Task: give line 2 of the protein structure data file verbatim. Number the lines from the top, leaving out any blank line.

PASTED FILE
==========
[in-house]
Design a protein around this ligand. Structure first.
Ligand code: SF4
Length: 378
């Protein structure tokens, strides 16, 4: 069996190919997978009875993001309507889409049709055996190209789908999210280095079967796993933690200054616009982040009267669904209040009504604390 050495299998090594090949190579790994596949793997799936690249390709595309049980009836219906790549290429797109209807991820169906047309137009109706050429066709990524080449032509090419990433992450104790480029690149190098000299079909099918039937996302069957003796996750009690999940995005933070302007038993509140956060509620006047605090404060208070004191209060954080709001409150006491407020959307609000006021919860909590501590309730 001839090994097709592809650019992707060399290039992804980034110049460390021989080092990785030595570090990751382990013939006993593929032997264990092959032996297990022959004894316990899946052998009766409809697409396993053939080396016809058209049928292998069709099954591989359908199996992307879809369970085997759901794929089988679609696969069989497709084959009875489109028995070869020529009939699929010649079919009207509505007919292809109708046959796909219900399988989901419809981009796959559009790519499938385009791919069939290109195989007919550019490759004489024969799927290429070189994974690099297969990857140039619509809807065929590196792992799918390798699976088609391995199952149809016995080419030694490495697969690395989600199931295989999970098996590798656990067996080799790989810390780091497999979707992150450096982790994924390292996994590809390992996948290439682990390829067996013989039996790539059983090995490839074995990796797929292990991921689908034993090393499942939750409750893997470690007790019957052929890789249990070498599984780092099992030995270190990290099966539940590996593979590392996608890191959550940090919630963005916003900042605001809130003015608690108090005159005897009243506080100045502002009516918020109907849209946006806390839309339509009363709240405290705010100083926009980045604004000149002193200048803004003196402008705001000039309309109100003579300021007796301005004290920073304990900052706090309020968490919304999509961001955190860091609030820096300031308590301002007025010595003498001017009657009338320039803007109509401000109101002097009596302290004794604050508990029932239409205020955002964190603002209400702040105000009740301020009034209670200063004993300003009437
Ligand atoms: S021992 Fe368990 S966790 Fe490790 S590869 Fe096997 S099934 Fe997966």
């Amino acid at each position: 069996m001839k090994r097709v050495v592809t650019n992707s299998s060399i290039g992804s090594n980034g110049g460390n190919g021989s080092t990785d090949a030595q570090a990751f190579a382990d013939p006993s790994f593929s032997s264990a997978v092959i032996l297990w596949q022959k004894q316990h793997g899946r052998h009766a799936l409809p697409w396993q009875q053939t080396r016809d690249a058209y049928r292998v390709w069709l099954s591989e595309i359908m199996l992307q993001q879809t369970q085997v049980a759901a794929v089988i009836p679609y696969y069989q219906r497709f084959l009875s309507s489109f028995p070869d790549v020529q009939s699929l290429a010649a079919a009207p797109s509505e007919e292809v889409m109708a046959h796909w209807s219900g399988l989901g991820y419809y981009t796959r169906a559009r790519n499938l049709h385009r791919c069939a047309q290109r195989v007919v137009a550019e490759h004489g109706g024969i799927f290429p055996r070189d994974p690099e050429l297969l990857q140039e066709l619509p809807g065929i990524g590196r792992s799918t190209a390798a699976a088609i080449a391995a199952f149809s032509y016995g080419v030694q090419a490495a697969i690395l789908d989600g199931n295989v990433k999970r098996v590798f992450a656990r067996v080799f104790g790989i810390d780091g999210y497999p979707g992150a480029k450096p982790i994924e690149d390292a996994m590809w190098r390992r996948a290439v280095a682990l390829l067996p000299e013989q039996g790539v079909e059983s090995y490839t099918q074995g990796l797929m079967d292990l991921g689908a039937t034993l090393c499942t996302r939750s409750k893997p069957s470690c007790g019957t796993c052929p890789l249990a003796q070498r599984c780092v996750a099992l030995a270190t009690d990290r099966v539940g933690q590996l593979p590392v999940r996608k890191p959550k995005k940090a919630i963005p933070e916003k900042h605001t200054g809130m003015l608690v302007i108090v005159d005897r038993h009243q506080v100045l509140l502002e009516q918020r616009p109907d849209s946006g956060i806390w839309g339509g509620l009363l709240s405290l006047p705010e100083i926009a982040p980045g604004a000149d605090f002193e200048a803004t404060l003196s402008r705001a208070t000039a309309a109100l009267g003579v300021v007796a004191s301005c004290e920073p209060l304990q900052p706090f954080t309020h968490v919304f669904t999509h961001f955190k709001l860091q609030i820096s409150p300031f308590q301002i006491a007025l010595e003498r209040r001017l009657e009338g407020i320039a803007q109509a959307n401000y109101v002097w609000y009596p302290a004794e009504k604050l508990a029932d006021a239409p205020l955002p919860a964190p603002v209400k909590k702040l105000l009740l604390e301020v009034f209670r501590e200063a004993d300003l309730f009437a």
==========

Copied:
Design a protein around this ligand. Structure first.